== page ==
It’s definitely a way to save a slightly-too-short shirt, but only works for shirts you save for casual settings and warm weather — nothing looks worse than a too-short shirt with wrinkles all up and down the forearm from previous sleeve-rolling. Have a few that are long enough in the arm for cooler weather and wearing with jackets and suits, at least!

  • geoffrey.cubbage

    Good question! We need to do a full article on French cuffs, to be honest, but briefly I’d say that you can double the cuff back and then use #1 (the basic roll) to hide the extra fabric. You’ll run into trouble with contrasting French cuffs though (white-on-color or color-on-different-color) — better not to try rolling those. In general it’s an odd clash between a more formal cuff style and a less formal way of wearing it, so I’d say try to avoid doing it, and try to disguise the fact that it’s a French-cuffed shirt if you do.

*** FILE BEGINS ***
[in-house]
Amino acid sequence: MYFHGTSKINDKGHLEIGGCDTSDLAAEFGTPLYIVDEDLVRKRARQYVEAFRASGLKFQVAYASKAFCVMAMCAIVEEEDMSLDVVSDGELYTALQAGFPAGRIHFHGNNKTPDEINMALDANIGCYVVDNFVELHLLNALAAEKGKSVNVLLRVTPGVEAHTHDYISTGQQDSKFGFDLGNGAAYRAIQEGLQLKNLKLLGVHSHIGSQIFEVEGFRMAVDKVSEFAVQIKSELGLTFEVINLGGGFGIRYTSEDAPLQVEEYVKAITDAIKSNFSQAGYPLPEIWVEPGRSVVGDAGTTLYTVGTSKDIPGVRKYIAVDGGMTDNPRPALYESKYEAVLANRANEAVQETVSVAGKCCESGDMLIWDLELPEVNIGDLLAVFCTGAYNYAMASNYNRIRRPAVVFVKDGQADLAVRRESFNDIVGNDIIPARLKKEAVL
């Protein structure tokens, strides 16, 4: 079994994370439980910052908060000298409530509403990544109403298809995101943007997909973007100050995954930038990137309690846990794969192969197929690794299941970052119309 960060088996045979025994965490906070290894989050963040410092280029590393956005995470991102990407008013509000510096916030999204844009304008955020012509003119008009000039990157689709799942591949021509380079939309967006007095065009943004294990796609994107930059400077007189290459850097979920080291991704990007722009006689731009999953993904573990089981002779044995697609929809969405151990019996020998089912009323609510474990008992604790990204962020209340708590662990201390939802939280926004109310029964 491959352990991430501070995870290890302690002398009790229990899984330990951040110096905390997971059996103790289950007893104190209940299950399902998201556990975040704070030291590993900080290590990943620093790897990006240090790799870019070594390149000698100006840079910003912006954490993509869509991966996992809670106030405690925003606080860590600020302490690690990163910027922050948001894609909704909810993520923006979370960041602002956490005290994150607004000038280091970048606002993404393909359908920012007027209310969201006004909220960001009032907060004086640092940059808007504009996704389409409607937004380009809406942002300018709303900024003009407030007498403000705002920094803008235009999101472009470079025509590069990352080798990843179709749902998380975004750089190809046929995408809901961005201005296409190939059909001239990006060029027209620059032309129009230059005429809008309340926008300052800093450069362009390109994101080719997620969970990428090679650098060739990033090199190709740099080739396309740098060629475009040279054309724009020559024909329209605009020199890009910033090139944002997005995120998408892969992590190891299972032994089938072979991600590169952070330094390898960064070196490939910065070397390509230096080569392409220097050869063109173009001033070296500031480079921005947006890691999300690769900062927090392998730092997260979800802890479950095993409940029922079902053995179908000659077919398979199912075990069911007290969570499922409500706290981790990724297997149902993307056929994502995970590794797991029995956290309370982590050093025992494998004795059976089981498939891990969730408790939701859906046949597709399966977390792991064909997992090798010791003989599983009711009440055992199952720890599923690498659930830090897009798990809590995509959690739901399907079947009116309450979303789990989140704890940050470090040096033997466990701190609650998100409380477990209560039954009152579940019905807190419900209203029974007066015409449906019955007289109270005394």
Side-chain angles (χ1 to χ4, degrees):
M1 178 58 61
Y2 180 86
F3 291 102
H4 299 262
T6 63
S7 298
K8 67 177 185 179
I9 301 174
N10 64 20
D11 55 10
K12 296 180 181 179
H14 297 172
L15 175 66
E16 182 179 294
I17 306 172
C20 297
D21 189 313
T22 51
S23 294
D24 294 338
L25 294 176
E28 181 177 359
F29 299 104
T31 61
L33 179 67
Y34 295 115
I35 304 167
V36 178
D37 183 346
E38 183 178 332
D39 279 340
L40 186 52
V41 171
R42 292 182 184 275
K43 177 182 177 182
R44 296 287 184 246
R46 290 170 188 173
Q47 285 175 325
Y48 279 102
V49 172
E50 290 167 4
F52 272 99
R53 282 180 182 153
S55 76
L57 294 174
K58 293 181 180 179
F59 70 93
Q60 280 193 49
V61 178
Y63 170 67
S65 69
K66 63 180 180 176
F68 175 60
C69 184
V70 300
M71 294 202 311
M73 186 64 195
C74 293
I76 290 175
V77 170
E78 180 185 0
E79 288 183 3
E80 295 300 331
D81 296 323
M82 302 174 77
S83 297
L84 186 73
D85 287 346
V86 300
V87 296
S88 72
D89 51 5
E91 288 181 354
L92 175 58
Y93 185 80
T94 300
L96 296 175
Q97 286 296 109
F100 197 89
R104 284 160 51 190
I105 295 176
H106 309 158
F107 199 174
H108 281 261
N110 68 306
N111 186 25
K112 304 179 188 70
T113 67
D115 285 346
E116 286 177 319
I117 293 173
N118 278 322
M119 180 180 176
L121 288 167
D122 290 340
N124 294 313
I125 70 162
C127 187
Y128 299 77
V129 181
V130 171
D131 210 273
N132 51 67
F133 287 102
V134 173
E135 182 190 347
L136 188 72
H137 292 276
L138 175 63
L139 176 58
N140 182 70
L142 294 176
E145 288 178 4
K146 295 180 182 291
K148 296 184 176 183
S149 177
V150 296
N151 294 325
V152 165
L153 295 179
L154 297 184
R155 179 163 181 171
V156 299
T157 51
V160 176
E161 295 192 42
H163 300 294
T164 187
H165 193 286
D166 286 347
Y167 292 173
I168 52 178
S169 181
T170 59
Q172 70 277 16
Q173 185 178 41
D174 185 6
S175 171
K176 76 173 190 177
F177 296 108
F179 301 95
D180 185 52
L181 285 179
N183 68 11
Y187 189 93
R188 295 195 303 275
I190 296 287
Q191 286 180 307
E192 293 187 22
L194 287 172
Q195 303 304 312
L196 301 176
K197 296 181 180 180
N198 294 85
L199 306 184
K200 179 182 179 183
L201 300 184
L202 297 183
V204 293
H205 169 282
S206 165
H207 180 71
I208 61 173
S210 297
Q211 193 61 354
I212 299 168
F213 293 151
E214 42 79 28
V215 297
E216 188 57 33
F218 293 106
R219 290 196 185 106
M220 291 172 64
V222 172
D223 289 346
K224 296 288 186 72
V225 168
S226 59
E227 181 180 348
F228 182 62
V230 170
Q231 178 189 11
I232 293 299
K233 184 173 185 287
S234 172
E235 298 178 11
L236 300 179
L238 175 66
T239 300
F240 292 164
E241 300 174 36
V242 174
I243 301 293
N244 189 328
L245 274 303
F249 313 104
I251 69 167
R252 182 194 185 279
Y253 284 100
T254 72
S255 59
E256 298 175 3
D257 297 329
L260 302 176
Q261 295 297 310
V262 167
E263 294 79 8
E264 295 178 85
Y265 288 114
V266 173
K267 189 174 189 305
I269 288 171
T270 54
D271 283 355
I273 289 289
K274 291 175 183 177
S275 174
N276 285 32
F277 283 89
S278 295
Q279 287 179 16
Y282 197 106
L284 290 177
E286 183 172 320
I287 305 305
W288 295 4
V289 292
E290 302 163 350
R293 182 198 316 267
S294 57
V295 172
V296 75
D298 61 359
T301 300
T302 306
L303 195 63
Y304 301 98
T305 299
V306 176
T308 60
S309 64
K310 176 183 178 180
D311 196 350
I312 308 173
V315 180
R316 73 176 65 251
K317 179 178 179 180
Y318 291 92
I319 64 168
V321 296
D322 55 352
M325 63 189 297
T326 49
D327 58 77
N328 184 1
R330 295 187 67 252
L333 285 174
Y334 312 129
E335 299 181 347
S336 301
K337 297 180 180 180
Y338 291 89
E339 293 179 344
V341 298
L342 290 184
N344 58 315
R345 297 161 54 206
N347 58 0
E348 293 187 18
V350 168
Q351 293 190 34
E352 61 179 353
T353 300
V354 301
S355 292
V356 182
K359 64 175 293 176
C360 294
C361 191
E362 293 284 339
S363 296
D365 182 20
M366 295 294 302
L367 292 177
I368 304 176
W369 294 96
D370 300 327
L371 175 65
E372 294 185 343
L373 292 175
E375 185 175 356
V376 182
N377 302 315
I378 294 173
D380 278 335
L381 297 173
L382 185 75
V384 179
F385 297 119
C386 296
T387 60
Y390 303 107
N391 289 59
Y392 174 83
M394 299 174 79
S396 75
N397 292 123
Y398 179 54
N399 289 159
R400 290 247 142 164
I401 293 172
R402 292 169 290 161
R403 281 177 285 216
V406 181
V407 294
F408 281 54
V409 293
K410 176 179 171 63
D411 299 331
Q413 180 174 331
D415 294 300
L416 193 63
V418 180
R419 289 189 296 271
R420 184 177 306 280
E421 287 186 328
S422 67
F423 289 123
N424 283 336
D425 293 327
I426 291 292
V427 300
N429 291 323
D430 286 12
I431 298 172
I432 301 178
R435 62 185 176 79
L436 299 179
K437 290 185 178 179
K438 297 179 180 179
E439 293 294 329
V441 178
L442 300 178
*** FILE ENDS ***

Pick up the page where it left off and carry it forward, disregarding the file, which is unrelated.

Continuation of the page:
• jonathanpike

    Thanks for all of this information, Antonio. I, like many other commenters, had never heard about anything but the basic roll. I have a couple of shirts with colourful cuffs that the master roll would look really good with, and I’m really excited to try it out!

  • geoffrey.cubbage

    @jonathanpike Contrast cuffs (with color inside the cuff that’s different from the outside) are definitely some of the best ones for rolling! And if you’re handy with a needle and thread, or you have a friend who is, they’re easy to add to just about any casual shirt, too…

  • brianst62

    With regard to French cuff, I tend to roll the cuff twice (the AIFA roll?) , leaving the cufflinks in the cuff. It seems to work OK and looks good too. I agree that this is a more “after work” look. Over the elbow would be a casual weekend look as far as I am concerned. It is especially comfortable if the shirt is more roomy. I have never been a fan of short sleeved formal shirts, thus have always rolled long sleeves up.

  • danielrmich

    I just came across this really interesting alternative to rolling up sleeves.  Its an elastic cufflink of sorts that lets you just slide your sleeves up and then they stay put.